Judy Largo and her dog, Daisy, are trying to find a home.
When Largo expressed interest in a mobile home community near Denver, Colorado, she was told that Daisy was not welcome because the community had a strict no pet policy.
Largo and her attorney are saying that Daisy is a service dog which would make her exempt under the Fair Housing Act. She is saying that doctors have said due to her mental illness, Daisy is her prescription and therapy.
“Most days I don’t even want to get out of bed, but I have to take her to the bathroom,” Largo said. “So it’s an inspiration.”
Largo said one manager wouldn’t bend the rules for the service dog.
“The first thing she said to me was, ‘I’ve clearly explained to you what our pet policy is. We don’t accept dogs. I don’t know why you are trying to challenge me,’” Largo said.
More on Largo challenging the mobile home community’s pet policy after the jump.
From The Denver Channel:
Under the Fair Housing Act, Largo has reason to challenge the pet restrictions because the law states that reasonable accommodations must be made for people with disabilities, and includes pet policies.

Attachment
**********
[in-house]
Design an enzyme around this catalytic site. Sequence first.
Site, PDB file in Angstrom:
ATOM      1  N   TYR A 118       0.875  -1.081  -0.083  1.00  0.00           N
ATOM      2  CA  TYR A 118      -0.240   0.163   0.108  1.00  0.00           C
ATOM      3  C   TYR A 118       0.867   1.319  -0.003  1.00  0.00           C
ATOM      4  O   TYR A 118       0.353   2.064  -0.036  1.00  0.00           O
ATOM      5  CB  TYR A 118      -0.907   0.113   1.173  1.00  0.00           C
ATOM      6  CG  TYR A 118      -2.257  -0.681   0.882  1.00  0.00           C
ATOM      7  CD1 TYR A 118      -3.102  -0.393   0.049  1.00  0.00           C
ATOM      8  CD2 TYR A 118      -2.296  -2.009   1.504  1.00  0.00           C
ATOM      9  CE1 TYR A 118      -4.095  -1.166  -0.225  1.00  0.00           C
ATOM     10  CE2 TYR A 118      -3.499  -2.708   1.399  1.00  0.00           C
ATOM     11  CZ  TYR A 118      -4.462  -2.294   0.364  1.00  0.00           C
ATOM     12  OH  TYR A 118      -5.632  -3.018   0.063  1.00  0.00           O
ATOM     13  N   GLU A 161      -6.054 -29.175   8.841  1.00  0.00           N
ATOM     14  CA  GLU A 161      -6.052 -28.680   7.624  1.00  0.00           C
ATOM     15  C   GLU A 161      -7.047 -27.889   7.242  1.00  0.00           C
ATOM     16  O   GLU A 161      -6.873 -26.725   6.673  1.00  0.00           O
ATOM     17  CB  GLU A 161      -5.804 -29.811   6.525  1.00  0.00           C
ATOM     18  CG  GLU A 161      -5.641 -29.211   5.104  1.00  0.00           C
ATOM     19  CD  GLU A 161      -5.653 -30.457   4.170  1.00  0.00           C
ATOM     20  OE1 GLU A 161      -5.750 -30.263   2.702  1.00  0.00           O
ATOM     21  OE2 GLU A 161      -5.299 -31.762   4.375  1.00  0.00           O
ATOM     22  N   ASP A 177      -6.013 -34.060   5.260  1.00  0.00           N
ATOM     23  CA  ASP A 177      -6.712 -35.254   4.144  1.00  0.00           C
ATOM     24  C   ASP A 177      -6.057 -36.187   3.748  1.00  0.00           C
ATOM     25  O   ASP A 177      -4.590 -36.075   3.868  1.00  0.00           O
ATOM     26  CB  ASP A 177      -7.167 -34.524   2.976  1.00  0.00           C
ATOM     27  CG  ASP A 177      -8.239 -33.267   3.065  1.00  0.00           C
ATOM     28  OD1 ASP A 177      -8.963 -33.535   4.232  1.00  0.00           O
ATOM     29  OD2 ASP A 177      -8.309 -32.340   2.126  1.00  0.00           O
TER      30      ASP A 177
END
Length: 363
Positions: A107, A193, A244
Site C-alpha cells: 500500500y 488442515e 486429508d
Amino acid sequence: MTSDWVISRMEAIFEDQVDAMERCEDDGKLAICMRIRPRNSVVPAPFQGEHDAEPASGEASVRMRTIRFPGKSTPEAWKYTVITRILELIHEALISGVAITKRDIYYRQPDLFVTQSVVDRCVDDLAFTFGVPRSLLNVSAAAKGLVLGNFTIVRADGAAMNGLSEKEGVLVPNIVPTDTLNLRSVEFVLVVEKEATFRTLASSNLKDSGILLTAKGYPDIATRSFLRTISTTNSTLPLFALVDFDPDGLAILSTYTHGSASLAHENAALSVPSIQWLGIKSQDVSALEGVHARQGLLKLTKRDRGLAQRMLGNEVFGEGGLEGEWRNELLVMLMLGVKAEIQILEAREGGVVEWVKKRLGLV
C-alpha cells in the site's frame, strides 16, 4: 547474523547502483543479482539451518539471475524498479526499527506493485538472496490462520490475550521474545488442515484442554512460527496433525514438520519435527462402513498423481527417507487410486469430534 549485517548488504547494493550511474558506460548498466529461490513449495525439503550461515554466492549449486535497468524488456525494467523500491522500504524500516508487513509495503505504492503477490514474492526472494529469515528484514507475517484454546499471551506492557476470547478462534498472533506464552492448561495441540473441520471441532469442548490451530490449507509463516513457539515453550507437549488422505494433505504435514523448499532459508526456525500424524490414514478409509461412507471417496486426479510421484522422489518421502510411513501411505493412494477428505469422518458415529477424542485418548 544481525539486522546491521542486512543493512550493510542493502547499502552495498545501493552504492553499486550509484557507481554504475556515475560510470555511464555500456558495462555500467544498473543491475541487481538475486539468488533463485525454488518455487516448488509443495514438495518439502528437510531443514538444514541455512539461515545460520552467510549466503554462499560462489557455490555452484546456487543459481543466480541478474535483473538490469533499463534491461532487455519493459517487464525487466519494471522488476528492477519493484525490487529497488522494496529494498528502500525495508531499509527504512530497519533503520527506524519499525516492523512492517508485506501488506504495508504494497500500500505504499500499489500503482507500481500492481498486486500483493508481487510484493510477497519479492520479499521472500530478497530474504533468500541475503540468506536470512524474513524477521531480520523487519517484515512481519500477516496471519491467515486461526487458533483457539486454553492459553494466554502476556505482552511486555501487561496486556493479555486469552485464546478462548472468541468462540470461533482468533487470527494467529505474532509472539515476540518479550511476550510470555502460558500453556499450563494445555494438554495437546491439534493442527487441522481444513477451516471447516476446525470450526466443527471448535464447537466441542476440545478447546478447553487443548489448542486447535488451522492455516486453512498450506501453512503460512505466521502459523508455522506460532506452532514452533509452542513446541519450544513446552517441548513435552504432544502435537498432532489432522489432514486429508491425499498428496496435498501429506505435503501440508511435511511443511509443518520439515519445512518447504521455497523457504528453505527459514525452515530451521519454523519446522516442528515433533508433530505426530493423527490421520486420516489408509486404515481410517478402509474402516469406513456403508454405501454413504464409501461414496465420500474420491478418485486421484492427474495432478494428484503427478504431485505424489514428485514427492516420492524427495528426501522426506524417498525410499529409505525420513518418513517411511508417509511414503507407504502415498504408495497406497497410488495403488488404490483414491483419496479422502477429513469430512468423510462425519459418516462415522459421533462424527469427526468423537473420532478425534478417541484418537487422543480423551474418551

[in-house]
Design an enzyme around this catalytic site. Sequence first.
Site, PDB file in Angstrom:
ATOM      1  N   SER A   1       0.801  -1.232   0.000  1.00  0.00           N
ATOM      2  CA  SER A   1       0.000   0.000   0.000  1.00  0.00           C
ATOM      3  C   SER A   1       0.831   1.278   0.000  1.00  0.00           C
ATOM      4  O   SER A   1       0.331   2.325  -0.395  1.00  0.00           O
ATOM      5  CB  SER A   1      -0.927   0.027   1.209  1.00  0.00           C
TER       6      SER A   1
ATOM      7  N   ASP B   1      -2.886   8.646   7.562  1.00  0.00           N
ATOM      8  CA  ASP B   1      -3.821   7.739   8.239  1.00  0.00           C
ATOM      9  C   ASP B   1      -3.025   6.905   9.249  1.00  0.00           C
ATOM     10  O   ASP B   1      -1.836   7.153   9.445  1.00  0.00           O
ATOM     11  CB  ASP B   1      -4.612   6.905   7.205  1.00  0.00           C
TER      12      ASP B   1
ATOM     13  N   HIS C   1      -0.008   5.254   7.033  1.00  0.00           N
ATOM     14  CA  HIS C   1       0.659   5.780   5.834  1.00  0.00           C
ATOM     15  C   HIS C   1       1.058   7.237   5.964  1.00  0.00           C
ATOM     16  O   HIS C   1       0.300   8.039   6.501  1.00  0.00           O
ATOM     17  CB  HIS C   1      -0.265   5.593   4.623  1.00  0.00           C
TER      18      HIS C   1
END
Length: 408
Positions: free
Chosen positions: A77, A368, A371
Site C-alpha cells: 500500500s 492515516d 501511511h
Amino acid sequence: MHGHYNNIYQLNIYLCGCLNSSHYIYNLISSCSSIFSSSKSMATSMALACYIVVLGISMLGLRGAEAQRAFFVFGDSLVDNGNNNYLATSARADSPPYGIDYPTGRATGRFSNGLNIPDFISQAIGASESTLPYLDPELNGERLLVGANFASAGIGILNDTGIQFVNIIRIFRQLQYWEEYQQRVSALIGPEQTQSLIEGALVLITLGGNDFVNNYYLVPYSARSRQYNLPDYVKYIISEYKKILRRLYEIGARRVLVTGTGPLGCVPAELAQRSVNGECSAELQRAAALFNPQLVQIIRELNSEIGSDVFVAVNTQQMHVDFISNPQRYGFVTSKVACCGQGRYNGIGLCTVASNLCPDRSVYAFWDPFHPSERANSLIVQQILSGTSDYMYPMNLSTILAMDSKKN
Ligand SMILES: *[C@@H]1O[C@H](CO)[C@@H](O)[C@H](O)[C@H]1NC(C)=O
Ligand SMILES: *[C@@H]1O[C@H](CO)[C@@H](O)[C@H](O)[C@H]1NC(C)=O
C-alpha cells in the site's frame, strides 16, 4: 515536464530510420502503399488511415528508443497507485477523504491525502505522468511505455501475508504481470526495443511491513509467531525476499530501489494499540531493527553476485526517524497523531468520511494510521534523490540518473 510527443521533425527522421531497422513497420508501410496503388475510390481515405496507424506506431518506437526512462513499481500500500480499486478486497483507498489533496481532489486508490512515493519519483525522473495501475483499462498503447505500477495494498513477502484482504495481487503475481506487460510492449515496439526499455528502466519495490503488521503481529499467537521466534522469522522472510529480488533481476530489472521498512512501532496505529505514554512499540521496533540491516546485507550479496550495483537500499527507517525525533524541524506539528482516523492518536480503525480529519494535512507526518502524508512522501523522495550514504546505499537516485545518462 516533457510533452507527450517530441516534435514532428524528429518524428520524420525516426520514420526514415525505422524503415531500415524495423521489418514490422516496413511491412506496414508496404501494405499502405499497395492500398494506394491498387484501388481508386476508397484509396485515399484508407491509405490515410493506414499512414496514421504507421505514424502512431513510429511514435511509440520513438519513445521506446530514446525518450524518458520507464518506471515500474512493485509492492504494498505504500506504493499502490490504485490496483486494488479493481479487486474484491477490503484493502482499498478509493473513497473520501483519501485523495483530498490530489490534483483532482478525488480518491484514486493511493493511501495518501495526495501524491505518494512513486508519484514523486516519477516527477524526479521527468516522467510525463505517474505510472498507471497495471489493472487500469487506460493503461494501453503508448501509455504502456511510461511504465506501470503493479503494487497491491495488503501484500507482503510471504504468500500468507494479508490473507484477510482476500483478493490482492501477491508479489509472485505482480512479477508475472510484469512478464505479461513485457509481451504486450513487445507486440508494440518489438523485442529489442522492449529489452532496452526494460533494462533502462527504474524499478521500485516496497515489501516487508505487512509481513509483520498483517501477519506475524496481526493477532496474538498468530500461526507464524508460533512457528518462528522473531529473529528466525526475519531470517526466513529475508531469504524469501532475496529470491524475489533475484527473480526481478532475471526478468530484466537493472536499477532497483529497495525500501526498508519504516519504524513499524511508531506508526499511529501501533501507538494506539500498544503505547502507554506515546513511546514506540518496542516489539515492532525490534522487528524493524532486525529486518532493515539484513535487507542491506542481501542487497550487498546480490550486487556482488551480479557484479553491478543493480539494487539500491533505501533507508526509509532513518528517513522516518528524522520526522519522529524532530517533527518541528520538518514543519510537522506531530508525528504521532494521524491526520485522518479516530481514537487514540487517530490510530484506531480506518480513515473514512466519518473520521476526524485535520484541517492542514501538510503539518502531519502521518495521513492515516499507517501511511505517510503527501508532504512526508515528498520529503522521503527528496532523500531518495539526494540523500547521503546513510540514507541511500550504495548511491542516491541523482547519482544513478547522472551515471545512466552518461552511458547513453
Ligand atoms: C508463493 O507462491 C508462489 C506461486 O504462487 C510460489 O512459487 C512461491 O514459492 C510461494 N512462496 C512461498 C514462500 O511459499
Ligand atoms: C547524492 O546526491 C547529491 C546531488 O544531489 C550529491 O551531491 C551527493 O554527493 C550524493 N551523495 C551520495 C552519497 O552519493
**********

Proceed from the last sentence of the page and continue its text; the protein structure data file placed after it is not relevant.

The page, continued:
“It’s not so much that the no-pets policy has to be modified, but that it simply doesn’t apply here because these are not pets,” said disability attorney Amy Robertson. “They are animals that are designed to or trained to assist people with disabilities. The law does not require — and there is no certification for a companion animal, like you a driver’s license to drive a car.”
Because all service dogs don’t have to be certified, many people become confused about what is legal.
While some think service dogs only apply when people need them as a seeing-eye dog or as wheel chair assistance, they also apply when people need them for mental illnesses, under current law.
The general manager of Southpark Mobile Homes said he will allow her to move into the community under some rules and regulations. He said the dog must be kept indoors 100 percent of the time. The dog will not be allowed to run loose or on a leash, and the dog will not be allowed to urinate or defecate outdoors. The dog would have to use a litter box inside.
When asked if he thought the rules and regulations were reasonable, the manager said, “Yes.”